Data for this study was obtained from the Washington DC Metropolitan WIHS site which is housed at Georgetown University in Washington DC with sub-sites in Montgomery County Maryland and in northern Virginia. WIHS is an ongoing prospective cohort study of HIV infection in women. WIHS recruited women from six sites (Bronx and Brooklyn, New York; Chicago, Illinois; Los Angeles and San Francisco, California; and, Washington, DC) during 3 phases (1994–1995; 2000–2001; 2012–2013) . Data from all three waves of the Washington DC site were used for this analysis. Details of recruitment and enrollment for WIHS have been described previously [17, 18]. The DC WIHS recruited women through community outreach and among care providers within DC, and is not a clinic-based cohort. Within this non-intervention observational cohort, health outcomes reflect the local treatment practices and health-seeking behaviors of the participants [17, 18]. For this study, DC WIHS HIV-positive participants who contributed at least four visits over the course of the study were included in this analysis.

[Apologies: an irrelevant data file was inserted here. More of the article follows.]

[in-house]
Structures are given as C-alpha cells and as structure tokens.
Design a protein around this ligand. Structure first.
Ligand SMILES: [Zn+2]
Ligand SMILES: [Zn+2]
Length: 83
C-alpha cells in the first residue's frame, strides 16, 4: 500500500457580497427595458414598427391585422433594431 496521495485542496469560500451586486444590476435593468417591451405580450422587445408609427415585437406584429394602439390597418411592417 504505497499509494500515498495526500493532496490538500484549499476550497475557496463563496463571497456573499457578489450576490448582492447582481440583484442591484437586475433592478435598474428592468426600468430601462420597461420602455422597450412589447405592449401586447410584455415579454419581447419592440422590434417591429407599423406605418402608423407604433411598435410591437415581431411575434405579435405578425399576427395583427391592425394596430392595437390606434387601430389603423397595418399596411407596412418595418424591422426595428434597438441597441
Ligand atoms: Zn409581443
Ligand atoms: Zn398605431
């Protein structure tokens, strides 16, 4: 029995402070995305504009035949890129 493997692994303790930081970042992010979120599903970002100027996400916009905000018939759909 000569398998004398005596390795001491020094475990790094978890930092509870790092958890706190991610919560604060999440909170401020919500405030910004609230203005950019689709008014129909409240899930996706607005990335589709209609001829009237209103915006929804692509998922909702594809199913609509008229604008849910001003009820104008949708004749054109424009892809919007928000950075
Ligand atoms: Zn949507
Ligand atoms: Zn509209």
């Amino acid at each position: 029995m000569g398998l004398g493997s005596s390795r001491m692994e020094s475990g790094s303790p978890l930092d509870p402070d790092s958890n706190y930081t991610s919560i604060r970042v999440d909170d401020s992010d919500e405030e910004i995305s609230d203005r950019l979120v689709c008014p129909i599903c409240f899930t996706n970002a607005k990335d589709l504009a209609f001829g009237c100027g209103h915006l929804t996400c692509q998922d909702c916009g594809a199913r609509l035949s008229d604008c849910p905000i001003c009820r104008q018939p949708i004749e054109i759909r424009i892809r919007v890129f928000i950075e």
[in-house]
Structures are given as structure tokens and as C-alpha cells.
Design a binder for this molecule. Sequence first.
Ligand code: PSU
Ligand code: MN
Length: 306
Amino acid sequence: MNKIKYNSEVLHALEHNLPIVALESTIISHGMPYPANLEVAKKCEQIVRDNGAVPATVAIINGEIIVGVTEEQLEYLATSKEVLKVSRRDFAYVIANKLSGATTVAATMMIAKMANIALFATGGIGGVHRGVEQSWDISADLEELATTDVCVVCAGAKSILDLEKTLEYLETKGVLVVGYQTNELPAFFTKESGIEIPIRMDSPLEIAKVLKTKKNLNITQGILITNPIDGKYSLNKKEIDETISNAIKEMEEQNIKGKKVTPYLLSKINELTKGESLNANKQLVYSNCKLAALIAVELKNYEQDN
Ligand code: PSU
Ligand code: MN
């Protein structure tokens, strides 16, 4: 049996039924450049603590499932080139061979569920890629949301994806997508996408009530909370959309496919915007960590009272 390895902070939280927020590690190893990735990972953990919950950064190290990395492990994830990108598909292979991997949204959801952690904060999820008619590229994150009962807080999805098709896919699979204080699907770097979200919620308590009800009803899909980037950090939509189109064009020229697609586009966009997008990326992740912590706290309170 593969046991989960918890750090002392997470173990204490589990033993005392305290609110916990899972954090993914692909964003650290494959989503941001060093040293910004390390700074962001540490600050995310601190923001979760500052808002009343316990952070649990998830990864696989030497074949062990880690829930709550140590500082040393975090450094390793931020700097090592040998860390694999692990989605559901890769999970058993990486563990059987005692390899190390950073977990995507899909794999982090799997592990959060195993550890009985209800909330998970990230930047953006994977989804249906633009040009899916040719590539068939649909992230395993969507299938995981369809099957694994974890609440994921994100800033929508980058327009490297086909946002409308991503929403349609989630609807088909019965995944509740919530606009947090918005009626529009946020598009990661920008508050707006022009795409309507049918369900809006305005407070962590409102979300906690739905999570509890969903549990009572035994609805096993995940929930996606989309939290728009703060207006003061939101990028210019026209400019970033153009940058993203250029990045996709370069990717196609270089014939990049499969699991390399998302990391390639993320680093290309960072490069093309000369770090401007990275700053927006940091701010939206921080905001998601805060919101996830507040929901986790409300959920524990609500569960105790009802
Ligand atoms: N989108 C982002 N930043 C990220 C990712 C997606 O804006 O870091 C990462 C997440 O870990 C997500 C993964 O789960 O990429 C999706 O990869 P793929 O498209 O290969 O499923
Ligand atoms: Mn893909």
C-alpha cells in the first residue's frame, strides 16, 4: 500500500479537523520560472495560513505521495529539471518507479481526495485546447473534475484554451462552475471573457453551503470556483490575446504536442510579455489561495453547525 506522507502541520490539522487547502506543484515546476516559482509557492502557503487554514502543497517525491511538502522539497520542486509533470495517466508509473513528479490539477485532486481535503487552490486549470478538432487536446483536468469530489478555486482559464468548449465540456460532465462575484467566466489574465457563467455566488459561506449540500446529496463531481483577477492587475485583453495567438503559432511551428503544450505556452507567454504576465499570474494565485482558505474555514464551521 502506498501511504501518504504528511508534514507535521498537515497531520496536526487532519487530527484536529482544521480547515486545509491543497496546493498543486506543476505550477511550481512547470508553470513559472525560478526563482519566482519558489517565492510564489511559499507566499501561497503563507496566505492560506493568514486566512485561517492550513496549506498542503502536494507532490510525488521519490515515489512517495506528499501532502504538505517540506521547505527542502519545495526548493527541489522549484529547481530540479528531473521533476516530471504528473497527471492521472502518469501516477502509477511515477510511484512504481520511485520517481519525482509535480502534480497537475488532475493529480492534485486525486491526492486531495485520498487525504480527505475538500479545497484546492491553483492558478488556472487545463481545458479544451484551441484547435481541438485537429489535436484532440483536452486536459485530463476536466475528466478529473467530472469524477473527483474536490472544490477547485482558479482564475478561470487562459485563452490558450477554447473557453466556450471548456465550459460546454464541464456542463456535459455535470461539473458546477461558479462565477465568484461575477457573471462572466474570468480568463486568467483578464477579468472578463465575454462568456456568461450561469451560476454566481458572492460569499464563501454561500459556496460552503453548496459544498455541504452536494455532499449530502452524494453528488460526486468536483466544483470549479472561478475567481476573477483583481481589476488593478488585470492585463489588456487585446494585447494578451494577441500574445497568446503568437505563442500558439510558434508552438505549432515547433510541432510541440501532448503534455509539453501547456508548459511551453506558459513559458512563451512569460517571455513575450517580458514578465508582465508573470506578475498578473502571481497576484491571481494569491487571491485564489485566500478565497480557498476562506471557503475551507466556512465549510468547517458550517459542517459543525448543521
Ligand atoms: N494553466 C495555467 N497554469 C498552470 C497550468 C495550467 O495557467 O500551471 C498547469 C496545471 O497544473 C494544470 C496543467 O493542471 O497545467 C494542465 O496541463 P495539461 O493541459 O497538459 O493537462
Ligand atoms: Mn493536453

Laboratory collection methods and measurements of viral load (plasma HIV-1 RNA) and CD4+ cell count included isothermal nucleic acid sequence-based amplification and standard flow cytometric protocols, respectively, and have been previously described. HIV RNA detection levels over time were set at the level below assay detection (which varied from <80 copies/mL in semi-annual visits 1–28; <48 copies/mL in visits 29–33; and, < 20 copies/mL for visits 34–36).
Viral load suppression for an individual at a particular visit was defined as viral load less than or equal to the detection limit at the time of the assay. For each visit for which there were data, individuals were assigned 1 for suppression variable if viral suppression was achieved, or 0 if not. Cumulative viral load suppression-year was defined for each individual at each visit by summing suppression values for the current and all prior visits and dividing by two.